Meanwhile the Save Our Tree participants have been wondering why PA hasn’t shown up to the scene of this campus ruckus. Someone comments that perhaps she has a hot and heavy date, since being MIA since the day before is kind of scandalous. Shelley overhears that and gives the gossiper a piece of her mind, saying they don’t know what they’re talking about. Dreamy guidance counselor Michael Frank just happens to be nearby for this exchange. (How much eavesdropping goes on at this school?) Alison then shows up and tells Casey that she has been informed (by Pernicious Pamela, naturally) that Casey has used the maple tree in question on numerous occasions to sneak out of the dorm after hours. Because of the Truth Pledge, Casey cannot lie about it. Once the gathered girls hear this, they are disillusioned by the fact that their cause is not so noble after all and rapidly disperse.

The 407 girls and Casey discuss their problems and realize that though it’s easy to blame Pamela, they were really responsible for most of them. How insightful! Shelley slips out to call the hospital, and although they confirm that PA is a patient, they say they can’t give out any information about her. Um, I think you just violated patient privacy anyway, Ms. Receptionist. Talk about an uneven application of HIPAA.

Truth Pledge Dilemma #87: Dana takes Keith shopping for new clothes. Beforehand, Keith wants to show Dana his nicest outfit, sent to him by his Aunt Sadie, who passes on to him clothes that his cousin Barney outgrows. The ensemble is an oversized shiny dark brown suit with a too-big blue shirt and a tie with green and mocha polka dots. Dana suggests that they go shopping immediately, because that outfit is just “too much like cousin Barney.”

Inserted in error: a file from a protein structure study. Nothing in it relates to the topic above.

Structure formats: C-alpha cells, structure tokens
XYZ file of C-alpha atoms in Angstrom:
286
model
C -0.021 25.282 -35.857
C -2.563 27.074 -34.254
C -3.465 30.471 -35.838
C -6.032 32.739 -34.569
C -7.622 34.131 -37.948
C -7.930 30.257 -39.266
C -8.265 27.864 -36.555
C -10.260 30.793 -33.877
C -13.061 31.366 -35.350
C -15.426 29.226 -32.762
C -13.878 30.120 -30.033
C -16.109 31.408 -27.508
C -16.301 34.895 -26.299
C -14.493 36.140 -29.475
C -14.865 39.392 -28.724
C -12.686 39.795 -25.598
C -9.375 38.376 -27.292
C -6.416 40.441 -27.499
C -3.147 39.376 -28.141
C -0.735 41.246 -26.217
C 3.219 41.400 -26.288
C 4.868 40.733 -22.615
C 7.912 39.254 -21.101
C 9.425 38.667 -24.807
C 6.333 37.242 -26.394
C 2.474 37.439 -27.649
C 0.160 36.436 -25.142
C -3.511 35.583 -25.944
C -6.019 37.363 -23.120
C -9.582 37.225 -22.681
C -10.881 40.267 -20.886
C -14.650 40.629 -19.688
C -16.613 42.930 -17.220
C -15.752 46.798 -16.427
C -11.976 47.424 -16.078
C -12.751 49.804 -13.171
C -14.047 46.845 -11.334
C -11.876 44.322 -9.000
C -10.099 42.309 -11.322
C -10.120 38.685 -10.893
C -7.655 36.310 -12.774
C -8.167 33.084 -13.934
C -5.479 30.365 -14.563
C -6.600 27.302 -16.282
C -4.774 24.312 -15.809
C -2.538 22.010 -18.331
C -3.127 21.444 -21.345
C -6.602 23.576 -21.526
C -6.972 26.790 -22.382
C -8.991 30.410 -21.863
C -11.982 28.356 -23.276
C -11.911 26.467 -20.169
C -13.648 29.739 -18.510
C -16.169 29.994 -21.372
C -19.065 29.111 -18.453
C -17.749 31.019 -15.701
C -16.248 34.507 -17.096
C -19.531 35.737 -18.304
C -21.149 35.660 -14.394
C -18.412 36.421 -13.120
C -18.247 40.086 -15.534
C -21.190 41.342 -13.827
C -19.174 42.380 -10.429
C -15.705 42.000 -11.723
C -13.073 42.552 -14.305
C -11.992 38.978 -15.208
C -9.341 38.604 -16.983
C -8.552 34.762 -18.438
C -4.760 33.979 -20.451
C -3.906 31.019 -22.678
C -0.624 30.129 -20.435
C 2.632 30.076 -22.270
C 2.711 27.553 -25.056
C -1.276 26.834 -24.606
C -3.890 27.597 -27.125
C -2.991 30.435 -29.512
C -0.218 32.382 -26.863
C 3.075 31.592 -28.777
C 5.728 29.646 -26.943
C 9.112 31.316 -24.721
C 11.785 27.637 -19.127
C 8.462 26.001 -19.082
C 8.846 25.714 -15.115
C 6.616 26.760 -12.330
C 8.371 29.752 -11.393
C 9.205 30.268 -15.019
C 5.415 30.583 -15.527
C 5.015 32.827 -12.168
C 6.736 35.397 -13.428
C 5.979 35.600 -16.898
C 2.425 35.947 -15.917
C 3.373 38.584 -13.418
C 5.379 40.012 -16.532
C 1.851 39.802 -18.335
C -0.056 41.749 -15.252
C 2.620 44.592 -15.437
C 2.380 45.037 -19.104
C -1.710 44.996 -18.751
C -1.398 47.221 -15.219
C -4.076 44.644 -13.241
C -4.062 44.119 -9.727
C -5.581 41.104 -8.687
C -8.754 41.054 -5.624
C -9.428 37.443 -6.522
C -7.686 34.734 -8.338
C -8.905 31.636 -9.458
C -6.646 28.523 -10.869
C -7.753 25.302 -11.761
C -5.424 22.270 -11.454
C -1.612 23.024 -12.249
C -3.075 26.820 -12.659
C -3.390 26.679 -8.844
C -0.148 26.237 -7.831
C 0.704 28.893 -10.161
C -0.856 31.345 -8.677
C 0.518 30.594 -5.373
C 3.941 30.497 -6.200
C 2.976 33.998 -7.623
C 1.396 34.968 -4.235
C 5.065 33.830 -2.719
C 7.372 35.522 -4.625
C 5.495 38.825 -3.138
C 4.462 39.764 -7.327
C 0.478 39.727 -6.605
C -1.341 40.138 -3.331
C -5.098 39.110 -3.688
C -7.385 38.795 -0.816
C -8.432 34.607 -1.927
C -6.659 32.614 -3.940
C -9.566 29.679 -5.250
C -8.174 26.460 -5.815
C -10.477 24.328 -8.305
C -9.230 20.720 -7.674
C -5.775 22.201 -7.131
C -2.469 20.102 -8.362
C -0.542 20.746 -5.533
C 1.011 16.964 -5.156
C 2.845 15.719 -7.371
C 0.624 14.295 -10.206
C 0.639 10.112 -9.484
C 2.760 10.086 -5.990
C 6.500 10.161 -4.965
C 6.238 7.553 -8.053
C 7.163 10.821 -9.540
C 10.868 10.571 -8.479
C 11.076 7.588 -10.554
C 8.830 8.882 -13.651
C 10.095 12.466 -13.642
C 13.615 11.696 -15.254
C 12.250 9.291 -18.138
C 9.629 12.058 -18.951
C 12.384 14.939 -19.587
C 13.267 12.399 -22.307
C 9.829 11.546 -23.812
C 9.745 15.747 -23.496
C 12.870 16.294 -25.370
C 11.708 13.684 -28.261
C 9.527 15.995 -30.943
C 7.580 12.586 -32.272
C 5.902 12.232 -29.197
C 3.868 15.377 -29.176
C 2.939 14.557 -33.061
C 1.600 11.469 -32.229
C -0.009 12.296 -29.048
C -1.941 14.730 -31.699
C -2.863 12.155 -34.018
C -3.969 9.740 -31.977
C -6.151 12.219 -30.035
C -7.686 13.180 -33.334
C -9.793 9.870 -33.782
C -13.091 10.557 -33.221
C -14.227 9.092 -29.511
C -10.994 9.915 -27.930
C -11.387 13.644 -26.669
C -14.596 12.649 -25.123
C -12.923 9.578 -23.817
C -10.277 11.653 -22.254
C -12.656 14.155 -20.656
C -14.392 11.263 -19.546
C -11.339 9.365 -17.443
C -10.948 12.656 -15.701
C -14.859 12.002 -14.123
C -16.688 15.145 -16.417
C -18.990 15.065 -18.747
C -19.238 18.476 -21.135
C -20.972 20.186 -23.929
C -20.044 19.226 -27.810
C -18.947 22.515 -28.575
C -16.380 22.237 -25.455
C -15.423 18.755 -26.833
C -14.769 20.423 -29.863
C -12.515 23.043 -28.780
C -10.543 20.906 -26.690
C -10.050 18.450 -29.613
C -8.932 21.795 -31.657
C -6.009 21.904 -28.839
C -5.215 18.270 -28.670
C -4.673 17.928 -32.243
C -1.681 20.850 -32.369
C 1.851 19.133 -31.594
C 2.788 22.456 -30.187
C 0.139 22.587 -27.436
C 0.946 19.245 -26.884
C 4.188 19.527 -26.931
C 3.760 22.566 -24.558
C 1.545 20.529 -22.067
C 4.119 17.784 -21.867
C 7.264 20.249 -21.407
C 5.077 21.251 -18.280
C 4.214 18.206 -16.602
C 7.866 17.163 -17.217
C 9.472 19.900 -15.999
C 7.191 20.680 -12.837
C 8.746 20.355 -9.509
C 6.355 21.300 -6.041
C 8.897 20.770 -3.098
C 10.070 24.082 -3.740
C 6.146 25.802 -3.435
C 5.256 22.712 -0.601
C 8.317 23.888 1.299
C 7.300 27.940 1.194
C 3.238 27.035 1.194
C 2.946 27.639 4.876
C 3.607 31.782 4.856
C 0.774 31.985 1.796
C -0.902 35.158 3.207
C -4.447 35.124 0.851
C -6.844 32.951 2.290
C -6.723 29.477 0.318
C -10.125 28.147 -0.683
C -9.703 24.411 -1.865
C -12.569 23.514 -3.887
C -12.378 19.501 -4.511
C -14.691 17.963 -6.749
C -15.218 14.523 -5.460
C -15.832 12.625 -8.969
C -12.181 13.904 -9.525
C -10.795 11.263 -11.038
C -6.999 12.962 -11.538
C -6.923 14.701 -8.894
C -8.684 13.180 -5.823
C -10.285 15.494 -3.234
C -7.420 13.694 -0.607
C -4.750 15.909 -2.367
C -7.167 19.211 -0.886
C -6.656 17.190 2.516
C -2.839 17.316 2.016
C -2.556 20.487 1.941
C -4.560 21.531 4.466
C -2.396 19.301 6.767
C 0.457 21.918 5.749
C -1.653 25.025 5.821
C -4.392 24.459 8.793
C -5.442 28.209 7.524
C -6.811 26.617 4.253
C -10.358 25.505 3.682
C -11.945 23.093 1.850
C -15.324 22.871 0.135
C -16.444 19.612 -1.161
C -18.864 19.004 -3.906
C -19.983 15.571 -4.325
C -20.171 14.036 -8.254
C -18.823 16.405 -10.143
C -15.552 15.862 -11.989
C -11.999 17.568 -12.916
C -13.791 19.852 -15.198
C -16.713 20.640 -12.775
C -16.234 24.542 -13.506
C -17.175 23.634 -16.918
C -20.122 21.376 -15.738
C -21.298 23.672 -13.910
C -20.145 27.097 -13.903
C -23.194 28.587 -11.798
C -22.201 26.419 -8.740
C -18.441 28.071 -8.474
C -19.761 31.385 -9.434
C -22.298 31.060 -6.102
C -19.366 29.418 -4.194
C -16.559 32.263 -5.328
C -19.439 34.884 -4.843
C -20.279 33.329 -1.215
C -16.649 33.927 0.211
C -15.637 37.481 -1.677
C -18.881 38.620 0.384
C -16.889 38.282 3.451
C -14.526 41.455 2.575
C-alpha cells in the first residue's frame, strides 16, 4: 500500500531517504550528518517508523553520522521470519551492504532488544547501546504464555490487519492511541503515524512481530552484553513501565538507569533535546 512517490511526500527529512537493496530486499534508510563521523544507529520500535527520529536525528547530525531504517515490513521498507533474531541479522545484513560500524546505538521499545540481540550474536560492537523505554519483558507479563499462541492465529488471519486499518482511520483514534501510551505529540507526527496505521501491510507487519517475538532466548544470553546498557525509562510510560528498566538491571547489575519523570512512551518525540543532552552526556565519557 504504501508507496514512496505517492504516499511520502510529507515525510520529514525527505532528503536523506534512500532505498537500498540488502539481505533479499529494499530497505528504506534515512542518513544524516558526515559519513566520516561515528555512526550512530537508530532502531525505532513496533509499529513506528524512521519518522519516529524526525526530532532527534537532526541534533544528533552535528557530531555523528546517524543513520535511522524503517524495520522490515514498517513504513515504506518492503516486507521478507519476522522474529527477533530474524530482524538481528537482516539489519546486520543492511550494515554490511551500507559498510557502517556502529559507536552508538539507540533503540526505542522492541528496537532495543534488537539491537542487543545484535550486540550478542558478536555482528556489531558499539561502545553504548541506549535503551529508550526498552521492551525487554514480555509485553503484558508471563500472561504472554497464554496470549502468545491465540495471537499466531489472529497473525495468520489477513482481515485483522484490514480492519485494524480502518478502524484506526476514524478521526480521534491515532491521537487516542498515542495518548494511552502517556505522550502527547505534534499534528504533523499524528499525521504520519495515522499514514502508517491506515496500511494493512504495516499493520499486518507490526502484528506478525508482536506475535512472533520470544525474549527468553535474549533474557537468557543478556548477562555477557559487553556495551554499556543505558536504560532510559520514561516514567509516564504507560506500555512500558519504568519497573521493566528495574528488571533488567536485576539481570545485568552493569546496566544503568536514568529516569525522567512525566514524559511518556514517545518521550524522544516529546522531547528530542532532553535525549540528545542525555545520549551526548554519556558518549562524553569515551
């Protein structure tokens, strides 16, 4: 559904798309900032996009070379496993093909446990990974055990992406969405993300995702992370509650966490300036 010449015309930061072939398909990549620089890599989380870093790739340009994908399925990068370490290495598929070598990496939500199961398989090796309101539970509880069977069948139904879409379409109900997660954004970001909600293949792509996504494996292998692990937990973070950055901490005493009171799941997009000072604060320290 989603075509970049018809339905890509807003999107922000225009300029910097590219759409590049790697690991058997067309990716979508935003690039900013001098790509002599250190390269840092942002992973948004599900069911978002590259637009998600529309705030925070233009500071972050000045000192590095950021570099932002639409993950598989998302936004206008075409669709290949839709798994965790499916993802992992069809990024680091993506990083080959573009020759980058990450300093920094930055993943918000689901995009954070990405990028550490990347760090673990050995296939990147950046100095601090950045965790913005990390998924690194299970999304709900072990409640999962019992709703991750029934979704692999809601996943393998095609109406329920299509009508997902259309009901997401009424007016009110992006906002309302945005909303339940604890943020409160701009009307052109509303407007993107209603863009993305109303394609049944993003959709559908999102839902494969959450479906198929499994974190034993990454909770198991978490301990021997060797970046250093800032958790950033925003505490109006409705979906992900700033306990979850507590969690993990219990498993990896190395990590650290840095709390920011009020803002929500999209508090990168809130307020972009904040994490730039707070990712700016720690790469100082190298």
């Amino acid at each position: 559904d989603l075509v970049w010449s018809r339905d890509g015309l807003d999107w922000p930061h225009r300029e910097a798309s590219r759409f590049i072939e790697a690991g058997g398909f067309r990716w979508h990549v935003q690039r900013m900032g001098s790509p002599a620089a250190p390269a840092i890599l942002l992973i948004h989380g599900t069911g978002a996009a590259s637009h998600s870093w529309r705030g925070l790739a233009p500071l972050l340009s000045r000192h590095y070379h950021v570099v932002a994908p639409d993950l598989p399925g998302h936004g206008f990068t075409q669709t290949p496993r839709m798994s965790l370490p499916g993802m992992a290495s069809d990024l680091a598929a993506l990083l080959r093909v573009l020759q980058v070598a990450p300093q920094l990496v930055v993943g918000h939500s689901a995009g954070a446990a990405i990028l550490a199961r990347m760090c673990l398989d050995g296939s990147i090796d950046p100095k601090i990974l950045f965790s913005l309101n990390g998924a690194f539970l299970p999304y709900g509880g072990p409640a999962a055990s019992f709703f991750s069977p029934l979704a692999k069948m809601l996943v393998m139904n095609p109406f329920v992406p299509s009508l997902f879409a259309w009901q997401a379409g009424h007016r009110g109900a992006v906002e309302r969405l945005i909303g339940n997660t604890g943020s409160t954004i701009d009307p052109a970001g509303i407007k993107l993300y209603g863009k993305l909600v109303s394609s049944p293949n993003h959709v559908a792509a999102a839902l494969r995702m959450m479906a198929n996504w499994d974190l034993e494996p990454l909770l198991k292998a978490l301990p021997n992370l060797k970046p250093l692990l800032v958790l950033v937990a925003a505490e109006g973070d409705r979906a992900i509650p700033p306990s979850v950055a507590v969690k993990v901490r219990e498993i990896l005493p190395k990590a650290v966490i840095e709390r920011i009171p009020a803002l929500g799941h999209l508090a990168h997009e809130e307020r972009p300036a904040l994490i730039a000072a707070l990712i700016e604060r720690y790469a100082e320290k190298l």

“‘But you don’t even know my cousin Barney,’ said Keith, puzzled.
‘Oh yes,’ said Dana firmly. ‘I believe I do.'”

So they go downtown and she picks out new clothes for him. He then insists that she pick out a sweater for herself as a thank-you and a blouse for Casey’s birthday gift. It’s chilly, so she puts on the new sweater. Conveniently, the amazingly omnipresent Pamela happens to be walking by, sees them, and hurries to beat them back to school. Of course, when Dana and Keith get back, Casey is there waiting to accuse Dana of stealing her boyfriend. Dana cannot lie about having gone to town with Keith, but can’t say why she did either. Casey threatens to throw herself off a cliff, so Dana makes Keith reveal the birthday surprise. “Before we went shopping, he showed me some of his outfits, like this one, to see if they would be appropriate,” Dana says. “Naturally she told him this brown one was just the thing,” Faith says with a straight face.

All is well again with Casey and Keith. But soon after, Michael Frank shows up at the girls’ dorm room because an anonymous caller who he believes to be Pamela called him and told him Casey was suicidal and needed expert psychiatric help. WHY’D SHE CALL MICHAEL FRANK THEN? He’s no M.D.! Nevertheless, the girls start telling him about their Truth Pledge problems, except Shelley who continues to refuse to talk. Faith wants to send an apology note to Johnny, so Michael offers to deliver it for her on his way to visit a friend at the hospital (with a broken arm. The things you could get admitted to the hospital for, back in the day!) Shelley’s reaction is extreme. She tries to casually ask what floor his friend is on and Michael says the 2nd, watching her closely. PA is also on the 2nd floor. Shelley can’t figure out what Michael knows or has guessed.